California Cell Phone Law - What is It?
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California Cell Phone Law - What is It?

By Autolist Staff | June 28, 2019

The California cell phone law includes more than one law designed to reduce cell phone use behind the wheel. One of the rules bans all drivers from using cell phones where the device must be touched. Another law prohibits motorists under 18 from even using hands-free cellphones. The third law forbids the use of texting or any other function on a wireless device. California isn't alone on the restriction of cell phones, as many other states have similar laws and especially for novice drivers. The laws have come into place as new statistics and evidence show that cell phone use is just as dangerous as driving under the influence.

Handheld Cell Phone Ban

One thing to understand about California's ban on handheld cell phones is that it only applies to the driver, not passengers. It also applies to anyone operating a motor vehicle in California, even if they're not a resident of the state. There are a few exceptions to this law, however. One is that a handheld cellphone may be used if the driver needs to make an emergency call, such as to the police, fire department or medical provider. Exceptions allow drivers operating an authorized emergency vehicle and for drivers on private property.

Fines for Violating the Handheld Cell Phone Ban

The standard fine for a first-time offender is $20. For the second offense and any subsequent offense, the penalty is $50. However, these base fines are unlikely to be your final total. Once various assessments are added, the total amount is likely to be over $150 for a first-time offense and over $250 for a second offense. Violating this ban does not count as points on your record, however. California operates on a point system for traffic violations. Too many points cause insurance rates to increase and may eventually result in you losing your driving privileges. This law is also a primary enforcement law, which means that the police can pull you over solely for using your cell phone. It is different from secondary enforcement where the law enforcement officer pulls you over for something else and then add the cell phone violation to the ticket.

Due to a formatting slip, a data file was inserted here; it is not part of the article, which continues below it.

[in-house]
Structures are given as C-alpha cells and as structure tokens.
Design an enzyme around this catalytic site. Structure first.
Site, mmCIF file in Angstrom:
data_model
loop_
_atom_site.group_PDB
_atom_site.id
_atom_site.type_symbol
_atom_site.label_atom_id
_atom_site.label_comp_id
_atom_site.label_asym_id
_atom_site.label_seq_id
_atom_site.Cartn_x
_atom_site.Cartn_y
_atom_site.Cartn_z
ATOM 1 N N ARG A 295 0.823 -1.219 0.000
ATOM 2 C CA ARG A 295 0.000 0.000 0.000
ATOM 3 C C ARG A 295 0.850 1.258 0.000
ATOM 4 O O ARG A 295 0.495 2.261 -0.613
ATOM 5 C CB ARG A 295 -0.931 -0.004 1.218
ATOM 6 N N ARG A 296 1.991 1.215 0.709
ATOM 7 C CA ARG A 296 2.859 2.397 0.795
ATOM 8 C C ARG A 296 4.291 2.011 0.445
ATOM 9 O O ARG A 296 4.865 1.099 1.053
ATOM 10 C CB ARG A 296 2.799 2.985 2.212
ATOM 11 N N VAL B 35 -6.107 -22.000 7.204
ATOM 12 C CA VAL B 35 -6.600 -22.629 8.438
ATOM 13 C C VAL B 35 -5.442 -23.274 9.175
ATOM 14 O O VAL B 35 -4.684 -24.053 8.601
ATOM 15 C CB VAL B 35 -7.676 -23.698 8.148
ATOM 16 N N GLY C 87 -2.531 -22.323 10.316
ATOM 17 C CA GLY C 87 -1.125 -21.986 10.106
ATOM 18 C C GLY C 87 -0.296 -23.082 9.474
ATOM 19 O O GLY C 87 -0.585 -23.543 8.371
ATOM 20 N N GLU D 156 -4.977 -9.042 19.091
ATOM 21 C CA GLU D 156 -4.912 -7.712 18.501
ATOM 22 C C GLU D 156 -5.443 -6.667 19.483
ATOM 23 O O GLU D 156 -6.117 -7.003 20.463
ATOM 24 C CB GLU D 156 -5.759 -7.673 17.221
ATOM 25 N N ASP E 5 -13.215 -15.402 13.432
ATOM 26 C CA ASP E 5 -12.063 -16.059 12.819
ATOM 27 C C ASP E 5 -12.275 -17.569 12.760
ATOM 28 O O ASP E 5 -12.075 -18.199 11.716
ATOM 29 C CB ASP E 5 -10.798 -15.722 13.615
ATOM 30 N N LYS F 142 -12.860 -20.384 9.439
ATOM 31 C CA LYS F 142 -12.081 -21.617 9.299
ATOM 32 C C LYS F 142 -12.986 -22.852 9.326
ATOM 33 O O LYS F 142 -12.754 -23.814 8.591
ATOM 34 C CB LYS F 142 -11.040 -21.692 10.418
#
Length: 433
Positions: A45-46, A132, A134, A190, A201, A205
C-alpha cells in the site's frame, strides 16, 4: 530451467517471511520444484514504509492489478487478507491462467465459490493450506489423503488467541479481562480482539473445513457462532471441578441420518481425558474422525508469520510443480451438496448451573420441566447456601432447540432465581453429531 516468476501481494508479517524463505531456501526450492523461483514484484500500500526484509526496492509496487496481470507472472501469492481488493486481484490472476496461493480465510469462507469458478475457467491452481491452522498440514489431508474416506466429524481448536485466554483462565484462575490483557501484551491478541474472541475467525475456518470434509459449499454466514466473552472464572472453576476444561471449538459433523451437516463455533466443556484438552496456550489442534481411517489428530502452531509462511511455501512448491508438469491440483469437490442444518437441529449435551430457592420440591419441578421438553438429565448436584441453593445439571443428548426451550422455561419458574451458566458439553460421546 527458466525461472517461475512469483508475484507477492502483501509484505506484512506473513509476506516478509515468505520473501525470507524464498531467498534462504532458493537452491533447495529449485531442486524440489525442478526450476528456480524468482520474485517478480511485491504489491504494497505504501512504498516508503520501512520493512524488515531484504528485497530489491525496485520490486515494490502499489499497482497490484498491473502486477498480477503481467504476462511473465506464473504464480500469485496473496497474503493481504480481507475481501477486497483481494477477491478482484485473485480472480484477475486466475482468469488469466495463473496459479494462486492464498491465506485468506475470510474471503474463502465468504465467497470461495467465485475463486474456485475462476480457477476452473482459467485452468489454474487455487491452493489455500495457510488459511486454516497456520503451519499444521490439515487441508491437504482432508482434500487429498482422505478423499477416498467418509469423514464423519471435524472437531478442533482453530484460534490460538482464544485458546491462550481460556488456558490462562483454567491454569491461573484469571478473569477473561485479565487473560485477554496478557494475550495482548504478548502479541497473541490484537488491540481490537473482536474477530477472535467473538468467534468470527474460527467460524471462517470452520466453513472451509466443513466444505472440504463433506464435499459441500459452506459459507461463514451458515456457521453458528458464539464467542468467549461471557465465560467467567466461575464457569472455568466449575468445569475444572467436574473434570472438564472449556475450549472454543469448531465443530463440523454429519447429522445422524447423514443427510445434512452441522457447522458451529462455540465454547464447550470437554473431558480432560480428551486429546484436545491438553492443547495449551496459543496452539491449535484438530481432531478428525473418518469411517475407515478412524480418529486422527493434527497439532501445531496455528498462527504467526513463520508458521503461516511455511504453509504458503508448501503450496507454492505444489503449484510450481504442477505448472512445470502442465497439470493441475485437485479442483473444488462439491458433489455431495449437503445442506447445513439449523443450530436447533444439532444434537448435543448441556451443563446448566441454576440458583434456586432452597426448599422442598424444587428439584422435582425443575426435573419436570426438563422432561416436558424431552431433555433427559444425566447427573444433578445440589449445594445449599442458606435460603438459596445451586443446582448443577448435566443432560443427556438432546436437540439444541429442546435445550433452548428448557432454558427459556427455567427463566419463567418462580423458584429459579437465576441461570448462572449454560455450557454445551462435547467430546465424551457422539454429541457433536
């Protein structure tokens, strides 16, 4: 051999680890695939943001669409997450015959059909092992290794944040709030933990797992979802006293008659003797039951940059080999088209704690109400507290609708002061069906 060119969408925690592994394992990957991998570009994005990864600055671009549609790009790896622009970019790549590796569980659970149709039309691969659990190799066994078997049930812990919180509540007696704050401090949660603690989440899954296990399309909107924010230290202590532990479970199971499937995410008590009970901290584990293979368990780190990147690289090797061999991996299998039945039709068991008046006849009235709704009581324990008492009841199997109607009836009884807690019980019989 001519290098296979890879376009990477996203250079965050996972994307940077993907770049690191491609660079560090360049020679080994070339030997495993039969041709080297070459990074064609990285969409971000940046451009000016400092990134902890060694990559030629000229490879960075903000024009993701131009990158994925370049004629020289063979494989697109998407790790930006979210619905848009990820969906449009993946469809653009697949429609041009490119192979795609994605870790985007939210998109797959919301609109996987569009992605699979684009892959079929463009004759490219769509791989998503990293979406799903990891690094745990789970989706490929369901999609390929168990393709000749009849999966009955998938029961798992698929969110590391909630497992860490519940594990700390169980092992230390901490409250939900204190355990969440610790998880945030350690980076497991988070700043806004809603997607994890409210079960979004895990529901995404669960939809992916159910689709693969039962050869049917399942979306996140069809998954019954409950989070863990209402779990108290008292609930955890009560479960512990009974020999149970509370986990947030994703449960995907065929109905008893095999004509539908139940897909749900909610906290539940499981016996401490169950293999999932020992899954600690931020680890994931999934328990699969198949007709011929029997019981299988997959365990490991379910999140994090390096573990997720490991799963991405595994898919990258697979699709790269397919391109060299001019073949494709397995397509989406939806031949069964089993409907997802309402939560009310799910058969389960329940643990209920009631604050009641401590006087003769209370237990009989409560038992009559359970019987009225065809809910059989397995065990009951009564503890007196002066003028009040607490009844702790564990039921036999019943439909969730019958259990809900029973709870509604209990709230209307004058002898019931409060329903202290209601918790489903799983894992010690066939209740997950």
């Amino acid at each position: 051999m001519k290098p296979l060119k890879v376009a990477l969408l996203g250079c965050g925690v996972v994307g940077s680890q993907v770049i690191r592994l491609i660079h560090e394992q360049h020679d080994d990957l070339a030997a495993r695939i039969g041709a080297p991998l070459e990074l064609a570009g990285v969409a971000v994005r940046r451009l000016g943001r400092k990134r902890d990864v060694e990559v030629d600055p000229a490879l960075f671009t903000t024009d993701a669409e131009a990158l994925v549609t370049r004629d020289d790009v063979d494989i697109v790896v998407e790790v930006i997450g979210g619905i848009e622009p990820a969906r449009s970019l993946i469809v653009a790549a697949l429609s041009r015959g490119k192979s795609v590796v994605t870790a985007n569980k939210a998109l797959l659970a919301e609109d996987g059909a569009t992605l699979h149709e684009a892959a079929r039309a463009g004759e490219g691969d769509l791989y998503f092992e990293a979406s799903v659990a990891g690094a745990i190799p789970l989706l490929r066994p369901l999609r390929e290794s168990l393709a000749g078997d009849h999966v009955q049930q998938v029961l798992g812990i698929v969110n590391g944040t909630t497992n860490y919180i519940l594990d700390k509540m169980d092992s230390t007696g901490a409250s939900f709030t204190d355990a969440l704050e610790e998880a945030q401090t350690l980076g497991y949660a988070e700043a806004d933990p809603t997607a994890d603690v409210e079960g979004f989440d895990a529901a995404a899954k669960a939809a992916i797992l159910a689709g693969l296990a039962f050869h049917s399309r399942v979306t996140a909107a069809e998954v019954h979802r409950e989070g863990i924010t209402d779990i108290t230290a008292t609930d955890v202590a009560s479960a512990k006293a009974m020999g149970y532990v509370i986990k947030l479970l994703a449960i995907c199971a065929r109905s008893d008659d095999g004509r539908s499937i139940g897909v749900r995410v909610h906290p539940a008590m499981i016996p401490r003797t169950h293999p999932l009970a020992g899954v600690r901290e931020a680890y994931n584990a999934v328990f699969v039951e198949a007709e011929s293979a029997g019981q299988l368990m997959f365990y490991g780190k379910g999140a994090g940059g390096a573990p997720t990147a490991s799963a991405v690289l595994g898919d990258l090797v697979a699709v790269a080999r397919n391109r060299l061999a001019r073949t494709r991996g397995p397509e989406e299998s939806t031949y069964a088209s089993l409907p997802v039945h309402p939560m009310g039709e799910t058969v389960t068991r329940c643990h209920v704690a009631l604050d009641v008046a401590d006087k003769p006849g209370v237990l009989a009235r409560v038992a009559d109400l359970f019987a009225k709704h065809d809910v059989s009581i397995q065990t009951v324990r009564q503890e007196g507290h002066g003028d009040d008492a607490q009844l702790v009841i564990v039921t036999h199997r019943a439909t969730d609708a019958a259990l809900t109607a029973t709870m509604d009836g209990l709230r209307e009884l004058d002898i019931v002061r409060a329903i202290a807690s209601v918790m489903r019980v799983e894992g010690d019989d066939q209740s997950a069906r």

Hands-Free Cell Phone Ban

Using a hands-free cell phone and the legality therein depends on the driver's age. In general, any drivers 18 and over can use these devices while driving. That means they can use a Bluetooth device or some other earpiece as long as it doesn't cover both ears. It also means that they can use the cell phone's speaker function. On the other hand, if you're under 18, then you're banned from using any wireless or electronic device while driving. That includes cell phones, pagers, laptops, tablets, or anything considered an electronic communication device. Again, there are exceptions for emergencies and emergency personnel. First offense and second offense fines for violating the hands-free cell phone ban are the same as the handheld ban. However, this ban is a secondary enforcement offense, which means that the police cannot pull you over just for using your hands-free device, but they can ticket you for it if they pull you over for something else.

Texting and Driving

Another California law covers the use of texting or using any other wireless device with the fingers while driving. Again, there are exceptions, including for emergency personnel, cell phone or mounted GPS and manufacturer-installed GPS systems. The base fines for violation are the same as the first cell phone law, but additional assessed penalties can raise it far more than the base amount.